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Dynamic Stability

 Our team of professional staff have a broad range of experiences and interests, combined with enthusiasm and compassion. We care for people from all walks of life—from elite-level Olympians to weekend gardeners and school students. At Dynamic Stability we use a multi-disciplinary approach to pain and injury management.

The initial assessment starts with our physiotherapists, who will gauge your condition and start treatment immediately if required. In some instances, further investigations such as an X-ray or MRI may be recommended. We will organise this for you and refer you to the appropriate medical professional.

Once we have finished the assessment, we will explain our diagnosis and outline the proposed treatment. Commonly this involves some hands-on treatment such as joint mobilisation, deep tissue massage or dry needling. Then, if required, we will design a personalised Pilates program for you. Initially this involves private, one-on-one sessions until you are ready to move into a small class of no more than four clients. During these sessions you will be carefully monitored as you carry out your individual program. Your therapist will ensure that your technique is perfect and that you are challenged in your exercises as you improve.

To help with your rehabilitation we use real time ultrasound (RTU) to scan your abdominals and help with your recruitment strategy. This allows you to see your abdominals on an ultrasound scan, which will help you understand the correct way to use your muscles during your Pilates exercises.

RTU is new technology for physiotherapists. It allows the physiotherapist to watch your muscles (non-invasively) while they are working and show you on a video screen how those deep muscles are functioning. The pictures generated by the machine are like a real-time movie of your movements and muscle function.

Traditionally, RTU has been used to image muscles of the trunk and limbs; here at Dynamic Stability we can assess your core function, those inner muscles, from the outside.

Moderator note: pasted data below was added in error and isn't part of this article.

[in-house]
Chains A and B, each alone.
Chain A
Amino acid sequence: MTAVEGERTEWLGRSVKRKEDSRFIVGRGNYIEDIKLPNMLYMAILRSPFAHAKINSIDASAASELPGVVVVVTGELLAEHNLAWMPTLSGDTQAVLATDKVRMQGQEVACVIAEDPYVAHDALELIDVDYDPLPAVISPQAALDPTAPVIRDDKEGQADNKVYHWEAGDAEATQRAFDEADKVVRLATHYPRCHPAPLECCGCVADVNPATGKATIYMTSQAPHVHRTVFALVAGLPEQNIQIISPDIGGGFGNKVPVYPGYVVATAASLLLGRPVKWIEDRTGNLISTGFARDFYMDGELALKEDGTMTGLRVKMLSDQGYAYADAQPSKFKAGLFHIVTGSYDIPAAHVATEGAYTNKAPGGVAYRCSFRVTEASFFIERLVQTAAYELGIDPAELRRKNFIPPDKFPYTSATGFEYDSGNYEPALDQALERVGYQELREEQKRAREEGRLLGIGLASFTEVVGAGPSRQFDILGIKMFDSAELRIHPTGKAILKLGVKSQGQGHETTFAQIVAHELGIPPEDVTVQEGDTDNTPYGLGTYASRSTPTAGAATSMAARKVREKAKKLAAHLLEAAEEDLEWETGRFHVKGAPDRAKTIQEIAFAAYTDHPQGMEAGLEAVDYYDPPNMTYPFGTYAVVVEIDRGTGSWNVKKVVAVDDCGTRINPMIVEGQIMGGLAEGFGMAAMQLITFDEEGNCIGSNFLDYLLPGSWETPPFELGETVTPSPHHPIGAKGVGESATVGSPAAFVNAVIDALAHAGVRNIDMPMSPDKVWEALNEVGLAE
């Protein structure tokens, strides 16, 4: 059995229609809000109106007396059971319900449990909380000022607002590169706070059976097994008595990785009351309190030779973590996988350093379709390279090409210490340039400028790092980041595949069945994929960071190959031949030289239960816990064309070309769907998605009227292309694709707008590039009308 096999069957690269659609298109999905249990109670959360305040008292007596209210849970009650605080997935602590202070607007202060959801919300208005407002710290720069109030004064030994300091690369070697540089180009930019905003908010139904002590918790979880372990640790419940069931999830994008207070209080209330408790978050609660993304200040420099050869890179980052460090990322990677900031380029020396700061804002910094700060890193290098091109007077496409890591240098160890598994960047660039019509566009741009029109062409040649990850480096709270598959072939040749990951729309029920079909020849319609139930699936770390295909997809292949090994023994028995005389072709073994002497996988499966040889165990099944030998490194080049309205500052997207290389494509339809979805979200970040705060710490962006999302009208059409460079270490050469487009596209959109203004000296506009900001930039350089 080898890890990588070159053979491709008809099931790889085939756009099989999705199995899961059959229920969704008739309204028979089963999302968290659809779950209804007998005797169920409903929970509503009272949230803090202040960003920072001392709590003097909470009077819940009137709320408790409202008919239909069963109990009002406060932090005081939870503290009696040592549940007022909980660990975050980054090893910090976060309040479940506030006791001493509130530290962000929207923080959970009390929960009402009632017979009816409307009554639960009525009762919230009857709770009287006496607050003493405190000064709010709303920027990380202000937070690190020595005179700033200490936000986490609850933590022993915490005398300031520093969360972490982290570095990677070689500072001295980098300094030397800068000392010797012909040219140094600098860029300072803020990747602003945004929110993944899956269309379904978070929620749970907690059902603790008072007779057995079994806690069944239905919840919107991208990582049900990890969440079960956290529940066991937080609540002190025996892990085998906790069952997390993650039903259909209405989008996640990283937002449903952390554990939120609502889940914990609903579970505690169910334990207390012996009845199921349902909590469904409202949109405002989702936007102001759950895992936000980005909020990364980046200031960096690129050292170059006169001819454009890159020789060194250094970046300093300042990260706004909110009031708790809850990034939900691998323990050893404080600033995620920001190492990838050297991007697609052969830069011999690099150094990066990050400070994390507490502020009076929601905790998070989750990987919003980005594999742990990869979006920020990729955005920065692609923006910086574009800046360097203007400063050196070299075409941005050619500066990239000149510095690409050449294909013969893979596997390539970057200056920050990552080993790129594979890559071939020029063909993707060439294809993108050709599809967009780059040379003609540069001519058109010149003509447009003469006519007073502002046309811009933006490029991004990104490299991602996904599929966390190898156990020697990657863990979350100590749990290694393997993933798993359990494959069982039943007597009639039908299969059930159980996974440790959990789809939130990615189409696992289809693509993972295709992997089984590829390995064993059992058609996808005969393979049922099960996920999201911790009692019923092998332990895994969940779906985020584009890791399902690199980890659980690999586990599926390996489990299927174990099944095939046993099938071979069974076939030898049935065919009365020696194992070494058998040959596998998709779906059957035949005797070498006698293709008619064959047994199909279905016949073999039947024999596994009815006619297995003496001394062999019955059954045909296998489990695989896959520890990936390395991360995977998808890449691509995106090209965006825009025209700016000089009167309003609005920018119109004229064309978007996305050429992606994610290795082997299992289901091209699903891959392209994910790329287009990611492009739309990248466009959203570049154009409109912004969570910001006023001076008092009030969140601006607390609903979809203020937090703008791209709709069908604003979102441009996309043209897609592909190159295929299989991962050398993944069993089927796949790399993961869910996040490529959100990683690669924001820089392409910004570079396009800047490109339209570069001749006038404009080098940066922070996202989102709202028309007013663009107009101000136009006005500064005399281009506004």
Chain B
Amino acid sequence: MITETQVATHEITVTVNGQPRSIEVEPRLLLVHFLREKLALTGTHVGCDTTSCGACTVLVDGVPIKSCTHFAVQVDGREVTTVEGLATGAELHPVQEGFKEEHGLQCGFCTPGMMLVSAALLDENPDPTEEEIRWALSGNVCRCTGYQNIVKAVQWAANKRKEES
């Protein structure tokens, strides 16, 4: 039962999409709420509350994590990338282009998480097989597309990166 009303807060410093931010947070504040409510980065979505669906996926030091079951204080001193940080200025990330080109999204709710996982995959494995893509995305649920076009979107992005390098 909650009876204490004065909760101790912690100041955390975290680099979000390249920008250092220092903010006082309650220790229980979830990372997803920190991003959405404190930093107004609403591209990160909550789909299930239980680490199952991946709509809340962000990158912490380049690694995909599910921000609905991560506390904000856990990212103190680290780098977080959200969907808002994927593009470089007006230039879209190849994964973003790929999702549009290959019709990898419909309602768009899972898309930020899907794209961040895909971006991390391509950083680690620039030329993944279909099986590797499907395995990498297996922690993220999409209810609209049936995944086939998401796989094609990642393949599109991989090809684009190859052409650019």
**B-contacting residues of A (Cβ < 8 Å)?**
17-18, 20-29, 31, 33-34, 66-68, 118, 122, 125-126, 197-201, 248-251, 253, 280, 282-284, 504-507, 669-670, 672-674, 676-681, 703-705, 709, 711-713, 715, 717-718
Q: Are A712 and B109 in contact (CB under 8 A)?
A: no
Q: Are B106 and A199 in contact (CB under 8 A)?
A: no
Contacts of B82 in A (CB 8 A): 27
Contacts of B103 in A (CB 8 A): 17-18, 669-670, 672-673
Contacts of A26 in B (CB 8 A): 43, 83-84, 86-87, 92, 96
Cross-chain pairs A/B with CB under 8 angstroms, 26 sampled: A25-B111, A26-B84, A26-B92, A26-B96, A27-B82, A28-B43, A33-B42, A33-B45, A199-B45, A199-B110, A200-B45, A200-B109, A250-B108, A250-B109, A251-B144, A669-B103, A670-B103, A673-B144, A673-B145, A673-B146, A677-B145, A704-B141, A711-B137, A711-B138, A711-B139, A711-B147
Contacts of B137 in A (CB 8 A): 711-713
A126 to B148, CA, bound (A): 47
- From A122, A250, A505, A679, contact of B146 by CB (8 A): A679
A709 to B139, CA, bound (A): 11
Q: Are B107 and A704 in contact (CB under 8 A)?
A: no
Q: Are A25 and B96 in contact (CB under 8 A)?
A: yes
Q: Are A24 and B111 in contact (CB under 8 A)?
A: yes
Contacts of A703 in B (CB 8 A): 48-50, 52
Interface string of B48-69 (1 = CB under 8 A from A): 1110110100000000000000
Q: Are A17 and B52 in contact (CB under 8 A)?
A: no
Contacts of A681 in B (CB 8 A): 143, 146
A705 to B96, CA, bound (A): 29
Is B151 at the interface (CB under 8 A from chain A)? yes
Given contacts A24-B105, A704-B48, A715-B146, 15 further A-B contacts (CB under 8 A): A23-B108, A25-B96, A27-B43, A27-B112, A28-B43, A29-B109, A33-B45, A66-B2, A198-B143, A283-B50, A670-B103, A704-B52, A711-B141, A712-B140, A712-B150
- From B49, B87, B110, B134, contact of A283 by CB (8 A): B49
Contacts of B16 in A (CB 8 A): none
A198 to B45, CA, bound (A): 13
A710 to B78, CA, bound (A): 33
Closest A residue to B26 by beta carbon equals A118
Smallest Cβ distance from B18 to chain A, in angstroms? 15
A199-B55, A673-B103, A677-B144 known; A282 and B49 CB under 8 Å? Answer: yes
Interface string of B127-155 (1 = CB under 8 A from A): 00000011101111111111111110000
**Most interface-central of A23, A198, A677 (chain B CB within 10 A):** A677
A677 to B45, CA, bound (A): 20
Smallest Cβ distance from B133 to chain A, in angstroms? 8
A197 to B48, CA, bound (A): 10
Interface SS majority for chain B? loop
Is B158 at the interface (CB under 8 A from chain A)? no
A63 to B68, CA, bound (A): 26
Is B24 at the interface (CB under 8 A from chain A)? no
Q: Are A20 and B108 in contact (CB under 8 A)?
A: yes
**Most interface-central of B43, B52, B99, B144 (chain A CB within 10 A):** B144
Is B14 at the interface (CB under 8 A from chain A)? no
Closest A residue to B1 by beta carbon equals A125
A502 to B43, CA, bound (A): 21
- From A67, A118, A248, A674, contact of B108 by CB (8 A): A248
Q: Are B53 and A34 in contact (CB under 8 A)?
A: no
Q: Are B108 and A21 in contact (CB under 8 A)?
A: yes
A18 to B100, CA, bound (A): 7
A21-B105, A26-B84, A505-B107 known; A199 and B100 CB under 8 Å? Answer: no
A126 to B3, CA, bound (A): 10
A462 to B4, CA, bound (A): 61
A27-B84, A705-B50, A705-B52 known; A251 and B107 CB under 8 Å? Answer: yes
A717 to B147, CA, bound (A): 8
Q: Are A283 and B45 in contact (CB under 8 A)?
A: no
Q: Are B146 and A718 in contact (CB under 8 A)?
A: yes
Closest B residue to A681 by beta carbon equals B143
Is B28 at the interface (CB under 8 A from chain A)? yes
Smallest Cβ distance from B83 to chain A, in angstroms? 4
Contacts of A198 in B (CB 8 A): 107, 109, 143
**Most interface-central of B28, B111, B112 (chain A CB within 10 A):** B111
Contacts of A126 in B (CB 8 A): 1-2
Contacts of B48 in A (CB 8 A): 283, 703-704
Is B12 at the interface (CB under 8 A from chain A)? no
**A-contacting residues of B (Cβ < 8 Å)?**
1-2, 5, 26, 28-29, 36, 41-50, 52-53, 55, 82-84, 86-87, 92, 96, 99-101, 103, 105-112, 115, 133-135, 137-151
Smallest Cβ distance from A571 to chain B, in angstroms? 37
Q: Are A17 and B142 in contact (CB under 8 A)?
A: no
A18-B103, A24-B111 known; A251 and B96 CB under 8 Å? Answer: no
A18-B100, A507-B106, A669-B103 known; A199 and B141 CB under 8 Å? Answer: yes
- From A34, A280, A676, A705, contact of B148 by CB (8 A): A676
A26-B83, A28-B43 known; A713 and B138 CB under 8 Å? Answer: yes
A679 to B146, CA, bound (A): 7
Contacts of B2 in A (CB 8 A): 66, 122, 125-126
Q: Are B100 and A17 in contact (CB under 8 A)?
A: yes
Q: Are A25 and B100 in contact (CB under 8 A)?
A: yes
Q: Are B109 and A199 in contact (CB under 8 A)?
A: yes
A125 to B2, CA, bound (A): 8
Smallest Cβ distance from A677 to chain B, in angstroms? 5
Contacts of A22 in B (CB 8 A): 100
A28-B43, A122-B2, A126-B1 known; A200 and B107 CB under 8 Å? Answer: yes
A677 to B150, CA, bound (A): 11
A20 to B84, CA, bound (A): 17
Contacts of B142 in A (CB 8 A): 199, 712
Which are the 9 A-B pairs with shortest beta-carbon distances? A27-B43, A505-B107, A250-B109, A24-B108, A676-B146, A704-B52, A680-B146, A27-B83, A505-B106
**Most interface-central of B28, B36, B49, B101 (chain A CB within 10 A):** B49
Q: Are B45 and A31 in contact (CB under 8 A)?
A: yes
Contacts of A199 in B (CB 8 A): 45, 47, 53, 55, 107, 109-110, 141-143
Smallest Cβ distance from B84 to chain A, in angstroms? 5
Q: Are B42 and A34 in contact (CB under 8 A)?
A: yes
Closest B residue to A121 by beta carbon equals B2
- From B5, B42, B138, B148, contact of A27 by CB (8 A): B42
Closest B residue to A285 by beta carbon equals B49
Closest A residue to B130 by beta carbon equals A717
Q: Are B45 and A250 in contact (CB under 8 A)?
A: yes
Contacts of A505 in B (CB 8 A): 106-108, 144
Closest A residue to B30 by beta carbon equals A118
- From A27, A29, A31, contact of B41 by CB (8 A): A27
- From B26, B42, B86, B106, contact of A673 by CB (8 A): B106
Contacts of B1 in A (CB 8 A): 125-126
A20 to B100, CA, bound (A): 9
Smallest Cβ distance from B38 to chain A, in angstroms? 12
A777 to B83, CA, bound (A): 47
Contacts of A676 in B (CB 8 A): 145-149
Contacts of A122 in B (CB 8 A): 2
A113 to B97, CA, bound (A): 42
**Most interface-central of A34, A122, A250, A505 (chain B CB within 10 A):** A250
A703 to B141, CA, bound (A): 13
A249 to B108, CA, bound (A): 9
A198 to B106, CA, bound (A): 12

• Pelvic floor—We can assess whether the pelvic floor is moving in the right direction, and being recruited in the correct way. 

  • Transversus abdominus—We can assess whether your deep abdominals, your ‘TA’, are working to support your spine and pelvis. 

  • Multifidus—There are deep muscles close to the spine that help it to stabilise. In clients with back pain, these are usually not functioning well, so we can assess their function and teach you how to retrain them to regain normal strength.

Below are some of the commonly diagnosed injuries that we treat at the Dynamic Stability.

Spinal disc bulges/prolapse
Back and neck pain are big problems for many of our patients. If you have back pain, however severe it may be, other people can’t see it. Time and again patients with back pain will say to us: ‘I had no idea it could be this bad.’ If you’ve had a severe bout of back pain, you will know only too well how disabling it feels, and how even the slightest movement seems as though it is going to make it worse. Your body seems to be telling you to stay absolutely still. Yet a great deal of research tells us that the sooner you get moving, the better it will be for your back.

Of course, it is important to get your back thoroughly examined and in a tiny percentage of cases surgery will be required, but the vast majority of patients with back pain will benefit from appropriate manipulation and exercise.